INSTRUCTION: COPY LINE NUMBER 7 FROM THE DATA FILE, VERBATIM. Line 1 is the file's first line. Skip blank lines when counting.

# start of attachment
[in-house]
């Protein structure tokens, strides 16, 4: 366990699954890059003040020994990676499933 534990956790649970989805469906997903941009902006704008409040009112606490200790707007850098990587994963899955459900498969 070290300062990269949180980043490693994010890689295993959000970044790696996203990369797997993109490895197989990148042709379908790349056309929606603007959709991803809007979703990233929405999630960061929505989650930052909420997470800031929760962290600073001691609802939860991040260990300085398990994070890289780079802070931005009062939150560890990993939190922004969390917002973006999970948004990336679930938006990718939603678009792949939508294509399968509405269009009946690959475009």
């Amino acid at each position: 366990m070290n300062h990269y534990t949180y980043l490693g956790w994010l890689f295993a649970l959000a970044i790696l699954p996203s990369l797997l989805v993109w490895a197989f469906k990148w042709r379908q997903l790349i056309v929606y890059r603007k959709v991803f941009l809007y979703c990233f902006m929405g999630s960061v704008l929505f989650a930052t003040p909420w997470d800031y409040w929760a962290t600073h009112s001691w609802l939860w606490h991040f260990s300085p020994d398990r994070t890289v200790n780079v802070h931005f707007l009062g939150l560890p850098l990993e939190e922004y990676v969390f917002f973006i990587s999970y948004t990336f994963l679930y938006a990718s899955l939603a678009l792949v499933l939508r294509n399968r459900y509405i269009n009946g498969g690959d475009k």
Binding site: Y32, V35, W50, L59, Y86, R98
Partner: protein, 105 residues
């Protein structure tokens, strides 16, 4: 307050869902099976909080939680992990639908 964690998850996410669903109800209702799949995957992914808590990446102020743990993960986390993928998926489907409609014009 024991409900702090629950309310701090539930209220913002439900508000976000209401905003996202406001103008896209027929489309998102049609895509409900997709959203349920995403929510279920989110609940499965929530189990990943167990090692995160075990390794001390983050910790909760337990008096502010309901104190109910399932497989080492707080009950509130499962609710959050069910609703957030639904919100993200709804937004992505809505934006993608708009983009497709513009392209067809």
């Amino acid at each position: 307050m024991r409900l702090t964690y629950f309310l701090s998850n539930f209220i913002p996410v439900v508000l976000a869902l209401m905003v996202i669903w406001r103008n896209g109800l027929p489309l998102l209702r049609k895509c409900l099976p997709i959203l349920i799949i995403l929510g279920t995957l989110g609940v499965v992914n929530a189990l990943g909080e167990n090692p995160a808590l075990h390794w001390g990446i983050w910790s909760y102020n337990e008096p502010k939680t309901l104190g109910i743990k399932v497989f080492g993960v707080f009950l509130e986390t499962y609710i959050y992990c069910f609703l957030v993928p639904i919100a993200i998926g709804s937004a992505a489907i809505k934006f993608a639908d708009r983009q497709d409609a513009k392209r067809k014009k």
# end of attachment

């Amino acid at each position: 307050m024991r409900l702090t964690y629950f309310l701090s998850n539930f209220i913002p996410v439900v508000l976000a869902l209401m905003v996202i669903w406001r103008n896209g109800l027929p489309l998102l209702r049609k895509c409900l099976p997709i959203l349920i799949i995403l929510g279920t995957l989110g609940v499965v992914n929530a189990l990943g909080e167990n090692p995160a808590l075990h390794w001390g990446i983050w910790s909760y102020n337990e008096p502010k939680t309901l104190g109910i743990k399932v497989f080492g993960v707080f009950l509130e986390t499962y609710i959050y992990c069910f609703l957030v993928p639904i919100a993200i998926g709804s937004a992505a489907i809505k934006f993608a639908d708009r983009q497709d409609a513009k392209r067809k014009k």